Randomised clinical trial of community-based peer-led and psychologist-led group treatment for hoarding disorder
BJPsych Open. 2018 Jul 20;4(4):285-293. doi: 10.1192/bjo.2018.30. eCollection 2018 Jul. [Full Text Article]
Mathews CA, Mackin RS, Chou CY, Uhm SY, Bain LD, Stark SJ, Gause M, Vigil OR, Franklin J, Salazar M, Plumadore J, Smith LC, Komaiko K, Howell G, Vega E, Chan J, Eckfield MB, Tsoh JY, Delucchi K
Treatment for hoarding disorder is typically performed by mental health professionals, potentially limiting access to care in underserved areas.
We aimed to conduct a non-inferiority trial of group peer-facilitated therapy (G-PFT) and group psychologist-led cognitive–behavioural therapy (G-CBT).
We randomised 323 adults with hording disorder 15 weeks of G-PFT or 16 weeks of G-CBT and assessed at baseline, post-treatment and longitudinally (≥3 months post-treatment: mean 14.4 months, range 3–25). Predictors of treatment response were examined.
G-PFT (effect size 1.20) was as effective as G-CBT (effect size 1.21; between-group…
Am J Prev Med. 2019 Sep 27. pii: S0749-3797(19)30307-1. [Pubmed Abstract]
Vidoni ML, Lee M, Mitchell-Bennett L, Reininger BM
Hispanic populations are less likely that other ethnicities to meet physical activity guidelines. Community health worker (CHW) outreach is an effective delivery method for behavior change messages owing to shared culture, language, and life experience. This study examined the efficacy of a CHW-delivered intervention, Tu Salud ¡Si Cuenta! (Your Health Matters!) at Home Intervention, to promote physical activity among Mexican Americans.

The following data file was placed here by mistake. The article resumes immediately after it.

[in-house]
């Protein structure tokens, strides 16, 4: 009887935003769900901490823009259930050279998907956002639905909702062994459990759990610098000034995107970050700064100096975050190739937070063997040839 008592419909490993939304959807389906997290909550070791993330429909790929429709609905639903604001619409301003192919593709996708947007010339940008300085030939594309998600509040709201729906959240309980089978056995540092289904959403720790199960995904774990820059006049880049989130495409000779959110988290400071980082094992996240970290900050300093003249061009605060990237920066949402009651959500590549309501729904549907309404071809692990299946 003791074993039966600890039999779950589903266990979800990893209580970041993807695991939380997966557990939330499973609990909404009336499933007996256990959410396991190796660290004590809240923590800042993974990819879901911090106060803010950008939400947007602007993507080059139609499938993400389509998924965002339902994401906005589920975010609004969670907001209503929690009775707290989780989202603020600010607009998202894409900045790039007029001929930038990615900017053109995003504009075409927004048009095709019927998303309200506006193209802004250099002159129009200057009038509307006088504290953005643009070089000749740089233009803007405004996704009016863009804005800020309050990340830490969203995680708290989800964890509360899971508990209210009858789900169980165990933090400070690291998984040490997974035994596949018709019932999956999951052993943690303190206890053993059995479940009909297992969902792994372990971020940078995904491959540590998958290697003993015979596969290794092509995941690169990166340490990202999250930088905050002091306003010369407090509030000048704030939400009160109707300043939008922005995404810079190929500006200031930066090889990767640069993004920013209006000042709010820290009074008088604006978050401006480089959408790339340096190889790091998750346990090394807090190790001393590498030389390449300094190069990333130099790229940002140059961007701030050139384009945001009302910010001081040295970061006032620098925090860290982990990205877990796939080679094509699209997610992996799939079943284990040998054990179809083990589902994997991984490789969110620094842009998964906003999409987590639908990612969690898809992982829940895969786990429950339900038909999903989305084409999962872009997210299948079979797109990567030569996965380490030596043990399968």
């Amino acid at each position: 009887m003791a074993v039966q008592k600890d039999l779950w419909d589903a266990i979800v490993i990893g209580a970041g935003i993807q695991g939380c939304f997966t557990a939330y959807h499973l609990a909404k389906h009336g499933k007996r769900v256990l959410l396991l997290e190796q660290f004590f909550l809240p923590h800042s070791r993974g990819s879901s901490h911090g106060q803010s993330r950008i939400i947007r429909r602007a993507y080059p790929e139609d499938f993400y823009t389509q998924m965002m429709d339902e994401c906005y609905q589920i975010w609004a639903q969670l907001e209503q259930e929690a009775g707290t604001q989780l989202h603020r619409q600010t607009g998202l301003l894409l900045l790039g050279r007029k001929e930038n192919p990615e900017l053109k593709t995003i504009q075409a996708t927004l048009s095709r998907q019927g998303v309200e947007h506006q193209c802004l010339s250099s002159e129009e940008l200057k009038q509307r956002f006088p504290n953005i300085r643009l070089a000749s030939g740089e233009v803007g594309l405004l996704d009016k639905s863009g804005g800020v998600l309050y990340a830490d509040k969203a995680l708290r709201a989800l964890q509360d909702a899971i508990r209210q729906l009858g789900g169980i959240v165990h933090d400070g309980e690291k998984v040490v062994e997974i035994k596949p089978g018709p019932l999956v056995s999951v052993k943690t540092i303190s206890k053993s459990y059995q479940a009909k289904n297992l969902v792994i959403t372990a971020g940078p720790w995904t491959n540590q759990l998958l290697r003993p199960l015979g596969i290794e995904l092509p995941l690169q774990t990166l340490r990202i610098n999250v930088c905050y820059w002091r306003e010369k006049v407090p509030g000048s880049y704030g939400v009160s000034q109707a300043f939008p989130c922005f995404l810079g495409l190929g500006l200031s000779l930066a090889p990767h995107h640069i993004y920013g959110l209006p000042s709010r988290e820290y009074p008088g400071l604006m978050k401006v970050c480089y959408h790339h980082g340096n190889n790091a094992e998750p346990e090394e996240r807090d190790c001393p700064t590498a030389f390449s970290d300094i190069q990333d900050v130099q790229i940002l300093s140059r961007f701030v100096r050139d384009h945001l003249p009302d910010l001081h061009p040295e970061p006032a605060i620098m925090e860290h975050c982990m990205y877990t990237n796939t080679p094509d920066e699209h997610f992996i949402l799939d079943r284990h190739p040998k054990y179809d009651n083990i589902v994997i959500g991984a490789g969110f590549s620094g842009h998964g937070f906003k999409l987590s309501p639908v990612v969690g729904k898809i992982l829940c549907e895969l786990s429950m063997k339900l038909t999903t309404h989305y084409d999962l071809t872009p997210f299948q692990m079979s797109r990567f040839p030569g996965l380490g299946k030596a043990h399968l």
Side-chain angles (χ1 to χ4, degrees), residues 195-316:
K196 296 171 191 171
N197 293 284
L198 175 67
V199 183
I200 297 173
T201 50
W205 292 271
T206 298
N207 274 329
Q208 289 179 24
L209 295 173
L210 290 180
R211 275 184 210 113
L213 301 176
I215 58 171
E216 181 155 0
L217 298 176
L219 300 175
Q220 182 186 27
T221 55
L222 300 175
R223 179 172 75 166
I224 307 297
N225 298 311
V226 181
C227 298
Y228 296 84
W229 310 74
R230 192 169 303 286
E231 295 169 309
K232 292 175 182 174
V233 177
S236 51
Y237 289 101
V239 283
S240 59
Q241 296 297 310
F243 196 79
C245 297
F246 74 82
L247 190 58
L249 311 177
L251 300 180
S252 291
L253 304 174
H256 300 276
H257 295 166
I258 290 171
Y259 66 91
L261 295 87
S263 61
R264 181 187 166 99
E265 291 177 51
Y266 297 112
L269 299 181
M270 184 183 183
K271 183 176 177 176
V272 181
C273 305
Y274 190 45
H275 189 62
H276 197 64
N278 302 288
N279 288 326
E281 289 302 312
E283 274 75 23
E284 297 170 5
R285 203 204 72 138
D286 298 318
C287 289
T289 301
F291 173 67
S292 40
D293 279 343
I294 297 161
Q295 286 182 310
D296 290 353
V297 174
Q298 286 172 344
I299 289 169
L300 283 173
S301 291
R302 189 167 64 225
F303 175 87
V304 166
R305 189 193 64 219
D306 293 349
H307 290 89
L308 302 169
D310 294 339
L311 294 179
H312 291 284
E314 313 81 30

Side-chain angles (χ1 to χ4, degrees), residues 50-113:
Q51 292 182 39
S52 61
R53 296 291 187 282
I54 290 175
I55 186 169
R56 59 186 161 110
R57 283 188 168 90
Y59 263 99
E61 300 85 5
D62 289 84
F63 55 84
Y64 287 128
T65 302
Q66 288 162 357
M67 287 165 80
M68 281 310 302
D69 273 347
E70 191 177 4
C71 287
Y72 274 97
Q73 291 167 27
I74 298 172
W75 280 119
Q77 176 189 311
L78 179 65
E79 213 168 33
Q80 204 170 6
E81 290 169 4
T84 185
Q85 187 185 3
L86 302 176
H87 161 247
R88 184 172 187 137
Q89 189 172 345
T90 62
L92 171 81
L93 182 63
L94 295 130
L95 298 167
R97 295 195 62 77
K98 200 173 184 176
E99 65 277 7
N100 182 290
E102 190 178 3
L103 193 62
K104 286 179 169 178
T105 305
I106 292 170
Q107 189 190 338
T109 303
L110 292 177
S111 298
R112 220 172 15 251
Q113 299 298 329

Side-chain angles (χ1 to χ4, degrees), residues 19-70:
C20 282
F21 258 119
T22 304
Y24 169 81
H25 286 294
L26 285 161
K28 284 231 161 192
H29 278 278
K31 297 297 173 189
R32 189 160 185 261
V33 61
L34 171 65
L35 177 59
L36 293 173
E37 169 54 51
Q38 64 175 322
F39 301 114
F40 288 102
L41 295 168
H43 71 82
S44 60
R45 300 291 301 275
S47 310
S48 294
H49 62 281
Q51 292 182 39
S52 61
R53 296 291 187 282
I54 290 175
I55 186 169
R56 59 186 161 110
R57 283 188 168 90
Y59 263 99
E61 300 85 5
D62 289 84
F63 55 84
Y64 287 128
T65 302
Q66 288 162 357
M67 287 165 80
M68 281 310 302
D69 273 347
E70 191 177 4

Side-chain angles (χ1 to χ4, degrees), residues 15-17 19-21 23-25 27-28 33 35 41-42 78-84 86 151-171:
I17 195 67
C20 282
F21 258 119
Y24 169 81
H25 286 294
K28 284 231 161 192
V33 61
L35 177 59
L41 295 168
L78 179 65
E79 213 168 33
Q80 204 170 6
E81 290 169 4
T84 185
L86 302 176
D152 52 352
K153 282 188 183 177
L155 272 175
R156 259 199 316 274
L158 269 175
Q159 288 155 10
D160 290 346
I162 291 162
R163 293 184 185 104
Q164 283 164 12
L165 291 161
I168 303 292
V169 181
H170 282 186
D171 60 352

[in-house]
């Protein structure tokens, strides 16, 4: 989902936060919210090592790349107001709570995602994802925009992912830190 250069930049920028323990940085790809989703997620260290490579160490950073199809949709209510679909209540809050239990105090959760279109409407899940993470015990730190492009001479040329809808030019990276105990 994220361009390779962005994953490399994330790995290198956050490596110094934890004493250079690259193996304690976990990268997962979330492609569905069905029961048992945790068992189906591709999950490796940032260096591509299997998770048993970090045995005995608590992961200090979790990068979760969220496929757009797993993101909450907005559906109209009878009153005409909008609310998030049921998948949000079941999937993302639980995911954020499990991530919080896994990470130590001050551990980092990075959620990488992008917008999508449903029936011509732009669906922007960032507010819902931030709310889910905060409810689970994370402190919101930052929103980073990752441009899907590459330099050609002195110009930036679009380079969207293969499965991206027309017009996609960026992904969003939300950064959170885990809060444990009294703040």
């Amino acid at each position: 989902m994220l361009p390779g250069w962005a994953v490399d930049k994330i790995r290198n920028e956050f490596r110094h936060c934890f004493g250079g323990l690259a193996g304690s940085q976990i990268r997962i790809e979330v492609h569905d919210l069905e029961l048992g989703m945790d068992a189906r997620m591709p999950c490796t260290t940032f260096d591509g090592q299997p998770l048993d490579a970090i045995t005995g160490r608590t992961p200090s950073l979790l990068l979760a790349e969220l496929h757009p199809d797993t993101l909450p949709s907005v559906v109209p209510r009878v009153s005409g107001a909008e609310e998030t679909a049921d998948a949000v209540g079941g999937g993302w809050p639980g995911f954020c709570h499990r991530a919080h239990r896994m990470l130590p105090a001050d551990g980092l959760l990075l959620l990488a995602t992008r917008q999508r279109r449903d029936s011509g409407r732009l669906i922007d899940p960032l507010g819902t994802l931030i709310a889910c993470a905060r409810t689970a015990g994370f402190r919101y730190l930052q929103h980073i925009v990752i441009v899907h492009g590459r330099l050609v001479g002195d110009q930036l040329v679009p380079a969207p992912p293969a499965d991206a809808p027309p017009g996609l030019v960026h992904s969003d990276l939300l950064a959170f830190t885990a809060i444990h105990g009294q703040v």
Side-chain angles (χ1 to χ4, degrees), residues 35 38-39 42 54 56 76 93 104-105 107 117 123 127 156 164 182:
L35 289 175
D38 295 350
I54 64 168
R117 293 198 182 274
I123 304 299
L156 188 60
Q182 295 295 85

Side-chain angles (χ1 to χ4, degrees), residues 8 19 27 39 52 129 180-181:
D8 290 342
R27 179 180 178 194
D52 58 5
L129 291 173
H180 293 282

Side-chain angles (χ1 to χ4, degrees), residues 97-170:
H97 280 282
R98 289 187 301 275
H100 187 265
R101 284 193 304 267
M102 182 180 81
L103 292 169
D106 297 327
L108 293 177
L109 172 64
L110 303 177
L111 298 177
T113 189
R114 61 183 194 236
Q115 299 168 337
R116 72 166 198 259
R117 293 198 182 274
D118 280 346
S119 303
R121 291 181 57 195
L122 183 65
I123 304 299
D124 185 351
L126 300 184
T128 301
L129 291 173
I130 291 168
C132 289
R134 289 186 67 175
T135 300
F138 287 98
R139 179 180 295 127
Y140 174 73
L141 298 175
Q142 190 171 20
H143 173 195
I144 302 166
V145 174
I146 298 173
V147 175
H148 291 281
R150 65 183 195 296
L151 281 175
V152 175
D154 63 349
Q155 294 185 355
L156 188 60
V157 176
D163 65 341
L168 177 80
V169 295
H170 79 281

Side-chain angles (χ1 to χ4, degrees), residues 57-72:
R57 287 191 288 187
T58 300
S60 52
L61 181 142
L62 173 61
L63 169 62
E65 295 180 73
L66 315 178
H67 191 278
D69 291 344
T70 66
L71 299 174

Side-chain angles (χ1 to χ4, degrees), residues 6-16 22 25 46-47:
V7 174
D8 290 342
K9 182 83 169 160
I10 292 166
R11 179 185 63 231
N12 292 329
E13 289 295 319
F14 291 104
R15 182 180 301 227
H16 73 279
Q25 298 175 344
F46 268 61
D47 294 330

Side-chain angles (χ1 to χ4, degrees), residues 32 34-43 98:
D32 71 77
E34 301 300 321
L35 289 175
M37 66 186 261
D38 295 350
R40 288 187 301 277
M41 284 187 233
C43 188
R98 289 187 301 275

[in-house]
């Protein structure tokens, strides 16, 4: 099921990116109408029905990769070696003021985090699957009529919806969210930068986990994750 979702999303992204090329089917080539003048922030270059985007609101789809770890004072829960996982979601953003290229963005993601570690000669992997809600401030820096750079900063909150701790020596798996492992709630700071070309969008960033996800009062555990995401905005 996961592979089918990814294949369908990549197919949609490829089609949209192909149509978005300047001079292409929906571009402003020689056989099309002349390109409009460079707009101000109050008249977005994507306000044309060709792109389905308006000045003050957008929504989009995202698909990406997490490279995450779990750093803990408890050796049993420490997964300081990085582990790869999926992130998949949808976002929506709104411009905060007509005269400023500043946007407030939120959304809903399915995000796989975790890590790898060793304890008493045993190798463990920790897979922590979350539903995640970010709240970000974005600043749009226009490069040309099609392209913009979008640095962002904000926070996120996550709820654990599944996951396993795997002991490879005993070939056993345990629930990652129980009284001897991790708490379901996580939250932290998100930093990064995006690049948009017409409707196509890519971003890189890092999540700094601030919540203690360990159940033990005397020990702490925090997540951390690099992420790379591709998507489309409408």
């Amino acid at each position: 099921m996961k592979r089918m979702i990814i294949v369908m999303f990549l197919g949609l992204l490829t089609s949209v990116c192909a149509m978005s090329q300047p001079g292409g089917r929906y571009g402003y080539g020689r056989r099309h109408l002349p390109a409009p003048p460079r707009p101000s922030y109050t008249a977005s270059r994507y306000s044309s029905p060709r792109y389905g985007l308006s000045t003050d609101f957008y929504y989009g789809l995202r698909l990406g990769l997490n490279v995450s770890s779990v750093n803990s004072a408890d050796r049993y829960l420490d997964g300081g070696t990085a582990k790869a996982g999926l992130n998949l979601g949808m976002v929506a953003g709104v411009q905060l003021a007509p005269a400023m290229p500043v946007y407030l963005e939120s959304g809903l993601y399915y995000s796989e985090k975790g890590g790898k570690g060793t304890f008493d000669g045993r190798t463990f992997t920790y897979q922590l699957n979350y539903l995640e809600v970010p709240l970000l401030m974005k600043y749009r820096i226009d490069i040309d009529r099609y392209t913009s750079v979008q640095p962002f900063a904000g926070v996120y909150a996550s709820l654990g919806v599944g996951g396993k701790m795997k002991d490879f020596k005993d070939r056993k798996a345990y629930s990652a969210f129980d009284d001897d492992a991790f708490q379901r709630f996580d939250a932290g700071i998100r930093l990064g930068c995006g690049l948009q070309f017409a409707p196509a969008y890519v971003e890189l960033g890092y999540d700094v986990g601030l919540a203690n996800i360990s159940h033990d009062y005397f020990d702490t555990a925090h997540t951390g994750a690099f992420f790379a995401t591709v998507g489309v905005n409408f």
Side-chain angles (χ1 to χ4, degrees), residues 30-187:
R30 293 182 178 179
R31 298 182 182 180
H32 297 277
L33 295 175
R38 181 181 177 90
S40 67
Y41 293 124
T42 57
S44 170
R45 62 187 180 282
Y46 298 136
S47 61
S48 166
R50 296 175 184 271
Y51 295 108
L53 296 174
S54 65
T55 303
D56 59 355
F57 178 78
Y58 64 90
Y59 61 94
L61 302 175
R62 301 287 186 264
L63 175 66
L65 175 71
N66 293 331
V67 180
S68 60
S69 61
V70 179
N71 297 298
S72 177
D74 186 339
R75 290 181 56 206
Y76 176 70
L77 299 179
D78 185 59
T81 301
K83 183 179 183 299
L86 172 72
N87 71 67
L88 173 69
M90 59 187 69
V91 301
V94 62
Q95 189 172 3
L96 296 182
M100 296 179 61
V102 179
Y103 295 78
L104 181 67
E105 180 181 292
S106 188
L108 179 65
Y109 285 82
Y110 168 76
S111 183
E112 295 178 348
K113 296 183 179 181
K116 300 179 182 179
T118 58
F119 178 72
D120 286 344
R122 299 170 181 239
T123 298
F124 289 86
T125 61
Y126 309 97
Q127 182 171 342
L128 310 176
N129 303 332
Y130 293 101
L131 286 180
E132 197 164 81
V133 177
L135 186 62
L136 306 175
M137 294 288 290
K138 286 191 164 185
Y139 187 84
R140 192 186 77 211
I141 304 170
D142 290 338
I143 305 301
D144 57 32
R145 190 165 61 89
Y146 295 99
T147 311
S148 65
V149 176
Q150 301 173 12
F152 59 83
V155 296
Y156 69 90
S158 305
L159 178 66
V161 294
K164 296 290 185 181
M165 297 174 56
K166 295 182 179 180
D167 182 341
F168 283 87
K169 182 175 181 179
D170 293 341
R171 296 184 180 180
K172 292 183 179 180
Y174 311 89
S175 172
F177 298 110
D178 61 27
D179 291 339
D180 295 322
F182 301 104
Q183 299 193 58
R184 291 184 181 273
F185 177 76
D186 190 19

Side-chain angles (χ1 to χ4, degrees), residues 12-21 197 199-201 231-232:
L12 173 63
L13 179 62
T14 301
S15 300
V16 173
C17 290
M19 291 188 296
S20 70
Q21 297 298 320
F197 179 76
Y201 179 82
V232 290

Setting and Participants
Mexican Americans living along the Texas-Mexico border from June 2010 to April 2013.
Eligible adults were randomized into intervention (n=250) or standard care (n=250). Intervention participants received 6 monthly CHW visits that included education, motivation, and support for lifestyle changes. Standard care was potentially exposed to a…
Am J Public Health. 2017 Oct;107(10):1660-1667. [Pubmed Abstract]
Kangovi S, Mitra N, Grande D, Huo H, Smith RA, Long JA
To determine whether a community health worker (CHW) intervention improved outcomes in a low-income population with multiple chronic conditions.
We conducted a single-blind, randomized clinical trial in Philadelphia, Pennsylvania (2013-2014). Participants (n = 302) were high-poverty neighborhood residents, uninsured or publicly insured, and diagnosed with 2 or more chronic diseases (diabetes, obesity, tobacco dependence, hypertension). All patients set a disease-management goal. Patients randomly assigned to CHWs also received 6 months of support tailored to their goals and preferences.
Support from CHWs (vs goal-setting alone) led to improvements in several chronic diseases (changes in glycosylated hemoglobin: -0.4 vs 0.0; body mass index: -0.3 vs -0.1; cigarettes per day: -5.5 vs -1.3; systolic blood pressure: -1.8 vs…